Office Depot is at the coal face when it comes to realising the importance of flexible packing solutions.
Many procurement managers have quickly realised the importance of focusing on packaging solutions that better protect against damage, especially for those looking to transport consumables like food and drink. The manner in which a customers receive goods is, after all, an important part of their overall experience, so getting it right can pay dividends in terms of driving repeat business.
Part of making sure this requirement is met comes down to warehouse culture, as well as the individual solutions that are devised. Before discussing the solutions, it is therefore well worth highlighting that it is vital to maintain a warehouse culture that focuses on continuously improving by ensuring that there is an open forum for suggesting (and in some cases trialling) different approaches. Without this in place, there is a risk of complacency and the potential for processes to remain static, as that is the way it’s always been done.
Reducing damage caused in transit is obviously one of the most important points to address – as this has a direct impact on the customer experience. However, consumers also demand more in terms of minimising impact on the environment, so excess packaging or material is also a key driver in satisfying the end user. There are a number of automated boxing and lidding machines on the market that accurately measure products and create customised packaging that fits exact specifications. This sort of investment is one that would provide a strong return in terms of saving on material and reducing the overall carbon footprint of the warehouse.
When it comes to the right solution, the simplest ideas are often the best. Transporting food and drink items on pallets is an obvious choice, but given the fact that many deliveries are made by road, this can often lead to goods either knocking against each other or falling off the pallet all together. By using roll cages, this not only reduces the risk of items coming into contact with each other but also eliminates the damage that can be caused if a pallet falls while being transported.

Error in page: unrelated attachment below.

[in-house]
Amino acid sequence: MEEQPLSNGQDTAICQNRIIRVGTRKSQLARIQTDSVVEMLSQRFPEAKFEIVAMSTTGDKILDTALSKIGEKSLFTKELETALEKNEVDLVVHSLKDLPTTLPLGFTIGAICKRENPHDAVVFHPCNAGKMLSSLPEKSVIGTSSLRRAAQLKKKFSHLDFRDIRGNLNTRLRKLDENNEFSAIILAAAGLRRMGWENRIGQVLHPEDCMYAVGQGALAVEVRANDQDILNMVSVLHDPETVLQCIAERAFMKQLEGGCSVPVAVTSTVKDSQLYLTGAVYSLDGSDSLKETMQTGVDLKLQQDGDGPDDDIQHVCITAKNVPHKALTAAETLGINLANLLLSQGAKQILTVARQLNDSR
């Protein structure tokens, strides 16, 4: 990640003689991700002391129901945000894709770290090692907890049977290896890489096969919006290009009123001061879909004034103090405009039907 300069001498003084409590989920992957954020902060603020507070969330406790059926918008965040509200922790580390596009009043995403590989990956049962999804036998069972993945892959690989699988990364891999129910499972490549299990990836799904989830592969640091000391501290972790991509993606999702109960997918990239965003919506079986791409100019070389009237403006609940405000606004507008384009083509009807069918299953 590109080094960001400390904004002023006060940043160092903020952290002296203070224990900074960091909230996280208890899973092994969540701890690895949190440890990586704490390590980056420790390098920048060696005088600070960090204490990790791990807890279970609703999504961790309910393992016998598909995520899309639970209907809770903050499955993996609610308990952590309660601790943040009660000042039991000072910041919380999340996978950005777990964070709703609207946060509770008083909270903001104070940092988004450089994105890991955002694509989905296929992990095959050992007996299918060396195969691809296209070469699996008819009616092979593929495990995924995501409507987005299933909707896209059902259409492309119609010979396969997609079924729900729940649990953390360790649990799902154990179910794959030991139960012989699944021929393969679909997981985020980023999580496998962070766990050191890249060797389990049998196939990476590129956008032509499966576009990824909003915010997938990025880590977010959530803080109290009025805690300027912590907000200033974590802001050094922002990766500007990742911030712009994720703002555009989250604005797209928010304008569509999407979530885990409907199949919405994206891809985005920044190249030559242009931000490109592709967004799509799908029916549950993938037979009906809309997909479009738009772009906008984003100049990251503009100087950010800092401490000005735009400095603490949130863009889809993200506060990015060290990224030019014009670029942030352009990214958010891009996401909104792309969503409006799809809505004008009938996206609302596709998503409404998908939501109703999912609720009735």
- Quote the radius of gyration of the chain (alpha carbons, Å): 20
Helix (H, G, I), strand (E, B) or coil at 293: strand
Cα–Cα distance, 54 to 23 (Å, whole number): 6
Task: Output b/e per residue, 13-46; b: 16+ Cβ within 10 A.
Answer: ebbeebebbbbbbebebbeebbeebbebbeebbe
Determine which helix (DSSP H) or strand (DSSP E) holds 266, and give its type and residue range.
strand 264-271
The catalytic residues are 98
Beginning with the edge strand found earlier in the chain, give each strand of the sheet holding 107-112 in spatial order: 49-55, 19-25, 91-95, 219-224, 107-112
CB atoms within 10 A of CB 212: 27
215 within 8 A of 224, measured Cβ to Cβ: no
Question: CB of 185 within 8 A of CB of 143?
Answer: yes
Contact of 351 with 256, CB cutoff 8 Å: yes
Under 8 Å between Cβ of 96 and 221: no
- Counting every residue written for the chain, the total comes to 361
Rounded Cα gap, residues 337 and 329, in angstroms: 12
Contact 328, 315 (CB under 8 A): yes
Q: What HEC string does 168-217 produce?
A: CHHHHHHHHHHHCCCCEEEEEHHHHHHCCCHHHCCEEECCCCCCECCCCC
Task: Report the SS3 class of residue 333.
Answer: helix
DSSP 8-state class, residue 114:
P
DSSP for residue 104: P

A determined focus on using the latest packing methods should not overshadow unnecessary wastage – one way of meeting this head on is to not only recycle plastic and shrink wrapping, but re-use it, creating what’s known as a closed-loop recycling process within the warehouse. This increases site efficiency and also reduces the amount of material that needs to be sent to landfill.
The open culture discussed earlier can really help in driving the trialling and, in some cases, introduction of more efficient and environmentally friendly packaging solutions. Just one example of innovation in this area is utilising a bag and tote system, where products are suitably packed and placed in a tote bag before this is returned by the customer for re-use – eliminating the need for new packaging.
Office Depot is at the coal face when it comes to realising the importance of flexible packing solutions that enhance the overall experience a customer has had. Given the intense competition that exists in the market, the packaging stage of the selling process should therefore be properly capitalised on.